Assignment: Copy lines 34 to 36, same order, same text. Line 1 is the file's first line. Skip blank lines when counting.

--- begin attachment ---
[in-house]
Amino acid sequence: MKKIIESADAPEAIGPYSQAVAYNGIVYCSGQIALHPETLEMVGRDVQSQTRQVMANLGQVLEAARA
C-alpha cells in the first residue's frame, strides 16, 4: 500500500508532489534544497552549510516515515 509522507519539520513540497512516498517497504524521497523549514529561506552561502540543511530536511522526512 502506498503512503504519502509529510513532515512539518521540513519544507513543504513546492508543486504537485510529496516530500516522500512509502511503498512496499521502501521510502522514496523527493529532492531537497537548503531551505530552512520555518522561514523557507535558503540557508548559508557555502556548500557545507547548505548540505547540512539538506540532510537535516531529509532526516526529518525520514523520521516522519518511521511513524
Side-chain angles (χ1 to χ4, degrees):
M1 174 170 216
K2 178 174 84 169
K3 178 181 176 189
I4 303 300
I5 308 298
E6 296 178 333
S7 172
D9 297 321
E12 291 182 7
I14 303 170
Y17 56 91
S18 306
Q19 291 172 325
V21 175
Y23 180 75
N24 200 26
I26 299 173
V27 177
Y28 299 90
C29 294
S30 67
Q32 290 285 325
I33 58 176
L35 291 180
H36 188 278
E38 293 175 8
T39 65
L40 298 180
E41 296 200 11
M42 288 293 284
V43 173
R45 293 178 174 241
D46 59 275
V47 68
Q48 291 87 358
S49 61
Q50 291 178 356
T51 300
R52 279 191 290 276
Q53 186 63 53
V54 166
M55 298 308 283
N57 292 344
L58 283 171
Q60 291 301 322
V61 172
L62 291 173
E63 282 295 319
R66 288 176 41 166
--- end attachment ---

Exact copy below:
M42 288 293 284
V43 173
R45 293 178 174 241